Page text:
What about that classic Barolo? You see, as good as these single vineyard wines may be, it was the classic, multi-vineyard Barolo that was my “ah-ha” wine many years ago. Pio Cesare has never lost sight of their roots, and the classic Barolo is their true flagship. To this day it remains an amazing value in Barolo. Yet there’s more to this than meets the eye. Global warming is changing the scene in Piedmont, and you can see from the reviews of the top critics that multi-vineyard Barolo is making a big comeback. Simply put, the sum can be much greater than its parts. I believe we’ll see a lot more blending in the future, yet Pio Cesare is already on the scene. The 2010 Barolo is a classic in the making, and at a price that makes it an extremely attractive option. This is a wine which will surely make it into my cellar.
On To The Notes:
2010 Pio Cesare Barbaresco Bricco Di Treiso – An initial whiff of vanilla quickly blows off in the glass to reveal rich, ripe cherry, sweet floral rose and hints of undergrowth. On the palate, it is intense and structured, yet finessed with focused red fruits and inner floral notes. The palate-coating finish shows youthful tannin yet still provides much enjoyment as lingering fruit slowly fades from this ripe and feminine Barbaresco. (91 points)
2006 Pio Cesare Barbaresco Il Bricco – The 2006 Barbaresco shows all the hallmarks of a classic in the making with a nose of dried cherry complemented by soil and undergrowth, tobacco and a hint of caramel. On the palate, it shows sweet red berries, violets and inner floral tones with a tannic tug, which pulls at the senses and leaves an impression of classic young Nebbiolo. This is a wine with incredible potential. (94 points)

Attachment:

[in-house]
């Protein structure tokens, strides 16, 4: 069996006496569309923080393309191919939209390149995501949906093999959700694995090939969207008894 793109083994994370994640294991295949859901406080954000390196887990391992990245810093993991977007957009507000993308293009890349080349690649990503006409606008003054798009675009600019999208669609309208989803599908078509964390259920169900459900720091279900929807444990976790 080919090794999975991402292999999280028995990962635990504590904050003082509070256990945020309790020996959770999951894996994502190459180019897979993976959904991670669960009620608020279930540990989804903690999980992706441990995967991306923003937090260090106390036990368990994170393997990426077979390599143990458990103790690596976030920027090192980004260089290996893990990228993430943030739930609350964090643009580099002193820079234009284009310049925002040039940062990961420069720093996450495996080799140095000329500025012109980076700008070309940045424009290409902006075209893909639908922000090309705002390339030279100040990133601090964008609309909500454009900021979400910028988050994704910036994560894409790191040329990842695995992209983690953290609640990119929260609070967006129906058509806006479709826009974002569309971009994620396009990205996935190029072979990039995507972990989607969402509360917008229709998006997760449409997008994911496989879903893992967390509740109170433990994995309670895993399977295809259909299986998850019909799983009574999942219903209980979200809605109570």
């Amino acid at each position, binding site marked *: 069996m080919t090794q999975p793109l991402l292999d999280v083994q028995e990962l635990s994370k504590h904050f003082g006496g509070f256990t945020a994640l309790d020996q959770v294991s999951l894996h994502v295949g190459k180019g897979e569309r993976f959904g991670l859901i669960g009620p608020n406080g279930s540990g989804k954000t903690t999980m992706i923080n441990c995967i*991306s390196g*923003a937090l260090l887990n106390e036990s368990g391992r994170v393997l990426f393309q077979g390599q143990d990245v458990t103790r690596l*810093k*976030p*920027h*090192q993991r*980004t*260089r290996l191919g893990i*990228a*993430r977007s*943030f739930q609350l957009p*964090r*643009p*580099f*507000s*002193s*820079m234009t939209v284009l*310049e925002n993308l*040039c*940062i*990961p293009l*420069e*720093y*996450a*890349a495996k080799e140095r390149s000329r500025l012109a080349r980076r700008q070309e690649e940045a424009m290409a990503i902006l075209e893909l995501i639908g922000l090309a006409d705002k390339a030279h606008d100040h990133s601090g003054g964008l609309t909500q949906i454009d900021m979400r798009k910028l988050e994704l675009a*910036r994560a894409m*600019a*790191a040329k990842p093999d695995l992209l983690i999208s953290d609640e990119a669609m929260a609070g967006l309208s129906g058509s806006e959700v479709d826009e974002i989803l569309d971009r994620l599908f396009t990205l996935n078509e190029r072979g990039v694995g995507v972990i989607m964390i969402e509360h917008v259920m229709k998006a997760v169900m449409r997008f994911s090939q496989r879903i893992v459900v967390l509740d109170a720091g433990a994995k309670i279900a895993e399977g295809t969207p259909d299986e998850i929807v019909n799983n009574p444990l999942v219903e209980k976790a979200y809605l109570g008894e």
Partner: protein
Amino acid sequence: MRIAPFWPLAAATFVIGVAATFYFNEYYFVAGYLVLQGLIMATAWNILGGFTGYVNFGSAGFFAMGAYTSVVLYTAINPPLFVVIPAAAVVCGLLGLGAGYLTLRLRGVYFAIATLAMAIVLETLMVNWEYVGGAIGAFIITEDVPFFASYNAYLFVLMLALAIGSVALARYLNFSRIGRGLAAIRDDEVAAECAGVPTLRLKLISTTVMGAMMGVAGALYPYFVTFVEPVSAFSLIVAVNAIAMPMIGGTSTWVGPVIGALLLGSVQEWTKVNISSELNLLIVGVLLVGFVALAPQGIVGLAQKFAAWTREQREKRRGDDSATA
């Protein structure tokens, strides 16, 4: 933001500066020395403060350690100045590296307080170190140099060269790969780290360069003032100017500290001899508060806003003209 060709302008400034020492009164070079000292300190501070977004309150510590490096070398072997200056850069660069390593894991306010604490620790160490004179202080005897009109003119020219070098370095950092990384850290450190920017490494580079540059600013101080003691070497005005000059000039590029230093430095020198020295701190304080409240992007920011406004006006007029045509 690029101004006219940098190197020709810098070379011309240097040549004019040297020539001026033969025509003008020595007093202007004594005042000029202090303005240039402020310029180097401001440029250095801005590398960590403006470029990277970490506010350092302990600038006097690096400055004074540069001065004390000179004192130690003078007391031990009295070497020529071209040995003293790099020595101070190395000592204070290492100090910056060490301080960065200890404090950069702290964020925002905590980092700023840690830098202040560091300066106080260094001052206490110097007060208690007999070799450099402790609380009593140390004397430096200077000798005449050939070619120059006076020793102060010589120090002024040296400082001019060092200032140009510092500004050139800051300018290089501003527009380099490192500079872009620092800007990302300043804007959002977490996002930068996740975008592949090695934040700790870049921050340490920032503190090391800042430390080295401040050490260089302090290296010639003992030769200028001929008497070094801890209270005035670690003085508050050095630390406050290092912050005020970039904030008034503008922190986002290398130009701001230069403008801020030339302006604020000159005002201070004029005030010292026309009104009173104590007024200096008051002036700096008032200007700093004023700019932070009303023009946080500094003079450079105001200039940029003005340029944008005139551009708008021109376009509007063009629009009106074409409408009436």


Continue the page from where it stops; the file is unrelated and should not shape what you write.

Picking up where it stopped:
1999 Pio Cesare Barbaresco Il Bricco – A great example of ’99 Barbaresco with notes of dried cherry, minerals, sous bois, tar and dried leaves. On the palate, it shows perfectly resolved tannin with plum and dark berry in a sweet and savory expression of fruit. The finish was long with sweet dark fruit, soil, minerals and crushed dried leaves. This is perfectly seated in its early drinking window with years to go before any sign of decline. (94 points)
2010 Pio Cesare Barolo Ornato – The 2010 Ornato is a dark and mysterious Barolo with dark cherry, black licorice, mineral and hints of caramel. On the palate, I find a mix of ripe wild berries, dark soil, and minerals, yet it quickly firms up as it flexes its tannic muscle, leaving the senses saturated in dark fruits with a savory, bitter note adding complexity. (92 points)
2006 Pio Cesare Barolo Ornato – The 2006 Ornato is a beautiful monster with massive dark red fruits, roses, soil, minerals, and a hint of brown sugar. On the palate, it is rich and seductive with notes of dark berry and soil tones, yet still youthful with chewy tannin. A note of sage rings out on the finish with long dark fruits. This wines shows huge potential and walks the line between intensity and finesse. (94 points)
1997 Pio Cesare Barolo Ornato – Most ‘97s these days come across as slightly disjointed or in their drinking prime, yet the ’97 Ornato remains backward in the best possible way. The nose shows dried cherry, dusty spice, menthol and hints of undergrowth. It’s angular on the palate yet balanced with a mélange of dark fruits, soil and minerals. Its Serralunga roots show in spades here and make for an excellent contrast to the vintage’s inherently ripe character. (93 points)
2010 Pio Cesare Barolo – Traditional and classic to the core, the 2010 Pio Cesare Barolo shows dark red fruits and floral perfumes contrasted by notes of tobacco and mountain herbs. Tart, yet intense red berry fruit permeates the palate, complemented by rich soil and mineral tones. Tannin clenches the palate through the finish, quelled only by its focused red fruit, promising many years of development. (94 points)
Article and Tasting Notes by: Eric Guido